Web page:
Real-time Simulation of Skinned Mesh Cloth


I want to do a quick breakdown of what I have been working on in Unity3D recently. Here’s the problem:

How would I simulate a high fidelity piece of clothing efficiently? One with lots of surface detail and needs to maintain its volume?

A hard problem for sure. After a long while of searching and experimenting with different techniques, I came across an article from Remedy animation programmer Henrik Enqvist.

Our solution to this was to have a low-resolution cloth mesh used for simulating the jacket and then map that to the bones in the skeleton that was used for driving the skinned mesh.

From this article on The Secrets Of Cloth Simulation In Alan Wake by Henrik Enqvist

Here are the examples Henrik gives of Alan Wake’s jacket:

Rigged higher resolution jacket

Cloth simulated lower resolution jacket

Doing this in Unity

To do this, I needed my own rigged high res model and a lower res model to work with.

Like so:

Rigged high resolution mesh courtesy of my friend Larry Smith

My lower resolution mesh

My first step was applying a Unity Cloth component to the low res mesh with pretty much the default values.

Gravity is set to 0 to let the cloth flow behind the character.

Next up is checking out how the cloth moves in Unity. `

Let’s then check out the skeleton of the higher resolution mesh.

Our goal here is to match the position of each of these bones to a vertex on the low resolution mesh. This way, the higher resolution mesh will appear to be simulated, but we hopefully get close to the performance cost of a normal animation.

To find which vertices I wanted to choose for each bone, I used OnDrawGizmos() to draw spheres at the vertices of the low res mesh. Here is what I did:

void OnDrawGizmos()
    for(int i = 0; i < cloth.vertices.Length; ++i)
        Gizmos.color =;
        if (i == vertex_number) // vertex_number is a public int variable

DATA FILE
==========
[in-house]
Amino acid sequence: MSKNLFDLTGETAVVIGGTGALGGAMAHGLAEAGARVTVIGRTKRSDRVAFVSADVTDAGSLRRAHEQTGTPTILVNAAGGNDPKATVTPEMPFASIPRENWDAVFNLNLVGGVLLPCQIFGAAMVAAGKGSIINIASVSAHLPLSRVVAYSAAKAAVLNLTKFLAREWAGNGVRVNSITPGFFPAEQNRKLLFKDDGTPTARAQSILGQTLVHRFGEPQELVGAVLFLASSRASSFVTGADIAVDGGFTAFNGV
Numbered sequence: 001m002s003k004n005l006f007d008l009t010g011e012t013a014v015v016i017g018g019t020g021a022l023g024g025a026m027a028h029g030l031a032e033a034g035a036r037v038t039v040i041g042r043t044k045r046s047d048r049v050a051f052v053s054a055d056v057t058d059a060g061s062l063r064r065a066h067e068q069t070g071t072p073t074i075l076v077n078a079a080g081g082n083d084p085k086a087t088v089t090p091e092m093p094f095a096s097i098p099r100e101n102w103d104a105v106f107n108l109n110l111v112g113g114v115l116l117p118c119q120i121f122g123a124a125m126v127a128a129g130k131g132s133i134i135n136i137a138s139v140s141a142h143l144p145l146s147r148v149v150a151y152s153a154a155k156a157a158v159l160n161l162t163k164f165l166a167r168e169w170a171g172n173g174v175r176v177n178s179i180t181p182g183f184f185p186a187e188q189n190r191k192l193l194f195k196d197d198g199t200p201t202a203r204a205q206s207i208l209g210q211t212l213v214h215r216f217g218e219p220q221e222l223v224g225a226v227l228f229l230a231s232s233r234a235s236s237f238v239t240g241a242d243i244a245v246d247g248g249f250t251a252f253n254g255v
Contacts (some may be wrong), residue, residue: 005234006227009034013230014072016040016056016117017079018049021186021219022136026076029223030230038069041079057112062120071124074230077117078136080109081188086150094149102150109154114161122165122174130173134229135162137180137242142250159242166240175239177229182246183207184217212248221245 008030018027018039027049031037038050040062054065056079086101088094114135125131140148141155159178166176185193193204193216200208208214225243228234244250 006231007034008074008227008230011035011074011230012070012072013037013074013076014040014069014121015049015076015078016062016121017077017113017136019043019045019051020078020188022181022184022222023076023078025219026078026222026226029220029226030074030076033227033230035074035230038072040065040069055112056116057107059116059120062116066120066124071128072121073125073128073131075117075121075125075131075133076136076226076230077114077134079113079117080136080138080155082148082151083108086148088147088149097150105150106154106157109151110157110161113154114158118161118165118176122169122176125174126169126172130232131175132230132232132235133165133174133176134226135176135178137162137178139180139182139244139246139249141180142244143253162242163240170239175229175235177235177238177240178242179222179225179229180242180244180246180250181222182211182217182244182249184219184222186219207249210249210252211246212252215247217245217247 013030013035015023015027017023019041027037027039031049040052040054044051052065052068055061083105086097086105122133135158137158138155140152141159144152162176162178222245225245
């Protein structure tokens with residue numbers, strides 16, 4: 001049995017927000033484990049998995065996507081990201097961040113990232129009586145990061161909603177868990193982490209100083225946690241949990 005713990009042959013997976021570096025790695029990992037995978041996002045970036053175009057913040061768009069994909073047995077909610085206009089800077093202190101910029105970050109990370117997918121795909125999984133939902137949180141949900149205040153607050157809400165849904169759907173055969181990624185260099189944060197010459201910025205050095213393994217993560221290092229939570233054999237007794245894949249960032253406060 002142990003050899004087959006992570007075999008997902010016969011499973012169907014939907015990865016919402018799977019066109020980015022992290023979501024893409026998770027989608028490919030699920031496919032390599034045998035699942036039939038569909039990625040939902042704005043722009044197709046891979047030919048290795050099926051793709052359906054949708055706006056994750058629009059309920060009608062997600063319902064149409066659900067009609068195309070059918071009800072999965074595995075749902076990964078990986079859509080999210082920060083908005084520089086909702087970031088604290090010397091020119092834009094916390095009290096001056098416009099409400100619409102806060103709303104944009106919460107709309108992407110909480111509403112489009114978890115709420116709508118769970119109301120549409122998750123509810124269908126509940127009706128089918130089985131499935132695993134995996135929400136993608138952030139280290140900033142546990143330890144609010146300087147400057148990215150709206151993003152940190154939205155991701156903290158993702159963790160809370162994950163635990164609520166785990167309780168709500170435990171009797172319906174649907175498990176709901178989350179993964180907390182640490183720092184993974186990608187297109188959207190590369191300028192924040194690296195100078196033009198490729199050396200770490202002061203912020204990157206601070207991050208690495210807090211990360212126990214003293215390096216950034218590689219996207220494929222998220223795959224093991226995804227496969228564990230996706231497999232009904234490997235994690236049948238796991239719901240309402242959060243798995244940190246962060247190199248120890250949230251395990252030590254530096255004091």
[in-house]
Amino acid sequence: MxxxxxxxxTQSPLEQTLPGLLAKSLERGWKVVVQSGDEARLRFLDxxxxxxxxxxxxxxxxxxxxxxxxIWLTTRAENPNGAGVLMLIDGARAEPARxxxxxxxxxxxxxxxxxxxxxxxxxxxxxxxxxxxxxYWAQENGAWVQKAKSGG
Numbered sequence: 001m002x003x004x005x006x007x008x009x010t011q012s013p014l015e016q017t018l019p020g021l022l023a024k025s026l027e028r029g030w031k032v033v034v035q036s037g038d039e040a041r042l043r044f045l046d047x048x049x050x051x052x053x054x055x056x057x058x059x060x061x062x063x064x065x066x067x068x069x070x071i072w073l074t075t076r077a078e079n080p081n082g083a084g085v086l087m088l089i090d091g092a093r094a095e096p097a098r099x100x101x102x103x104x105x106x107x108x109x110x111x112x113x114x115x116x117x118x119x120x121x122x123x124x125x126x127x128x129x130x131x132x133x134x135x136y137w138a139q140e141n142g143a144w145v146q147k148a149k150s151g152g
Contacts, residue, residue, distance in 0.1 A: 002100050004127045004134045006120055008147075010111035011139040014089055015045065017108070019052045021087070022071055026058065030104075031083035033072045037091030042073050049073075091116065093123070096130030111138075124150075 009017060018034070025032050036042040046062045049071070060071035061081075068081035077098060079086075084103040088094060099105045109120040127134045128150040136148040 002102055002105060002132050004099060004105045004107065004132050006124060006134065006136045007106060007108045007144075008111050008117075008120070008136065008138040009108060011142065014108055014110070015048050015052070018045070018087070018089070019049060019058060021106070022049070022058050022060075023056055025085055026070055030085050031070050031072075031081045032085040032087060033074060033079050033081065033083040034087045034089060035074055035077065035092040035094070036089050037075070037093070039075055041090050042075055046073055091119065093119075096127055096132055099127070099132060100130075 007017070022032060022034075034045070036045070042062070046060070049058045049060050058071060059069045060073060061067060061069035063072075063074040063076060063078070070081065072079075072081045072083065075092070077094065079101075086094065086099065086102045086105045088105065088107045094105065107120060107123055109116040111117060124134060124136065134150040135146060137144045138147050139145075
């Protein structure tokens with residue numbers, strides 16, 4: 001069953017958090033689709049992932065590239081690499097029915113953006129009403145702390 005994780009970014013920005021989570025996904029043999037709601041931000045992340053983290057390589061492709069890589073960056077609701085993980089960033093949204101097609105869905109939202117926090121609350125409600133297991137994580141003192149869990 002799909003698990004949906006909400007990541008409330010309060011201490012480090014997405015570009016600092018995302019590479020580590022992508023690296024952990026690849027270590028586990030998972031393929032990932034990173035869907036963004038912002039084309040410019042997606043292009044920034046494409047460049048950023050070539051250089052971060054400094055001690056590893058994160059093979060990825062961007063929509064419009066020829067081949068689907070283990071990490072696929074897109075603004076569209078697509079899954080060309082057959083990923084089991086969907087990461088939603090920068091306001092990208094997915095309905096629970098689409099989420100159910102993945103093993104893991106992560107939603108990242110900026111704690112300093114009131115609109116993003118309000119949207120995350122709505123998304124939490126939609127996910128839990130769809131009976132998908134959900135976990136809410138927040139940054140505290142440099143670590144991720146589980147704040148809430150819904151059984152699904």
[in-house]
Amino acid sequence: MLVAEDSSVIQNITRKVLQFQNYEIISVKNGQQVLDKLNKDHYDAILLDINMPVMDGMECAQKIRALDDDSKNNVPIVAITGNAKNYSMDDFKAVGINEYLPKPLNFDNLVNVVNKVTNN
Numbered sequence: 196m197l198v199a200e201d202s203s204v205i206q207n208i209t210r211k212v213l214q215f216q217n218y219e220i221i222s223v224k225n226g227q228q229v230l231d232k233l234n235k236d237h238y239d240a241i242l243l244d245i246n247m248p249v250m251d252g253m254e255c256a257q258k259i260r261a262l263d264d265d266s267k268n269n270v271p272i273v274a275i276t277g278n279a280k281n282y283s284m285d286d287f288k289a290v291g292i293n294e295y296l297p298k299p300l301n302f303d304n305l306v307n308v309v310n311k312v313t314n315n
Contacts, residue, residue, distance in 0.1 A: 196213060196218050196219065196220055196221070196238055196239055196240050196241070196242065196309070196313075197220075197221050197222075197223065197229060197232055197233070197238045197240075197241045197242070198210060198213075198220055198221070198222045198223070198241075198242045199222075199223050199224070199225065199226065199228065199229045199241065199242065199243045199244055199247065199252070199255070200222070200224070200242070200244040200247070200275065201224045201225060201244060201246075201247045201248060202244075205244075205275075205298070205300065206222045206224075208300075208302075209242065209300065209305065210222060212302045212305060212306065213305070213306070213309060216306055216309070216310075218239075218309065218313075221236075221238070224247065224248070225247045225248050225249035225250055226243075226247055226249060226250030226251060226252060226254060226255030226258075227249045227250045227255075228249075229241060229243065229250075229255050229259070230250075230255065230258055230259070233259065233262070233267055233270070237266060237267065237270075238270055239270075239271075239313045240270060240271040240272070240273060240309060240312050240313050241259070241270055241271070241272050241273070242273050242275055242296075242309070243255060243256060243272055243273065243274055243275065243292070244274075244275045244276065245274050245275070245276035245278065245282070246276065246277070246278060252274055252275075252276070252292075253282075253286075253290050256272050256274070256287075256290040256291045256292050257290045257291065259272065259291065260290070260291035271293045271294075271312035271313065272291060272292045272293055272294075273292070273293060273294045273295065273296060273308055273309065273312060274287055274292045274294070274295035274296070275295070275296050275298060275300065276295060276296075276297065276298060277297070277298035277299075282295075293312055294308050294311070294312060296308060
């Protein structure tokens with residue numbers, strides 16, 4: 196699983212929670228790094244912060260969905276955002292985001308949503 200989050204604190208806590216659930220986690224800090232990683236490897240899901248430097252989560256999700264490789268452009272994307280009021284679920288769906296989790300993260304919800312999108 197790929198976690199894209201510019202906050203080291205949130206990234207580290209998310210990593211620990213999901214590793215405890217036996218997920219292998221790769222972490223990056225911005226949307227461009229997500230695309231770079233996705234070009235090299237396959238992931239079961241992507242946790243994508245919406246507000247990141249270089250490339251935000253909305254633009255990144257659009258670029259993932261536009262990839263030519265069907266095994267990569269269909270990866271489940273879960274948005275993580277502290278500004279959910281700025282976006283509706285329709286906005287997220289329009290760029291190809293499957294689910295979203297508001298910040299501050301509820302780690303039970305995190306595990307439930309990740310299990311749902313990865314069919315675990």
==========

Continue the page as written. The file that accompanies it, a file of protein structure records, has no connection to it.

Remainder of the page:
Gizmos.color =;
        Gizmos.DrawSphere(transform.TransformPoint(cloth.vertices[i]), 0.07f);

I changed vertex_number at runtime to highlight specific vertices. You can see what this looks like here, where I have set vertex_number to 35 so the sphere on vertex 35 becomes blue.

This is the method I use to manually select which vertices on the high res mesh get mapped to the low res mesh. For each bone of the high res mesh, 8 in total, I find the vertex closest to it along the central axis of the low resolution mesh. I stored these indices in an array, ordered to match the order of bone hierarchy. In the end, I have 8 vertices in this array. I did eyeball this for my meshes, but I made sure that the vertices I selected were equidistant and ran the whole length of the low res mesh.

int[] clothIndices = { ... };

For the final step in FixedUpdate(), I simply set the locations of the bones to the locations of the vertices, converted to world space.

for(int i = 0; i < clothIndices[i].Length; ++i)
    bones[i].position = transform.TransformPoint(cloth.vertices[clothIndices[i]]);

What I tried to do next was to turn off the SkinnedMeshRenderer of the low res cloth since I no longer need it to be visible. The actual result is that the simulation does not run since the Cloth component requires the SkinnedMeshRenderer. The solution to this is to set the low res mesh to a completely transparent material.


And that’s it!


This technique has some broad applications for different types of cloth simulation that I hope to explore in the future. I was really compelled to write on this since I had a hard time finding resources to tackle this specific problem, especially in Unity. So I do hope this of help to you now or in the future.

Thank you for reading!

If you have any questions, do ask! Find me at @MitchJMcClellan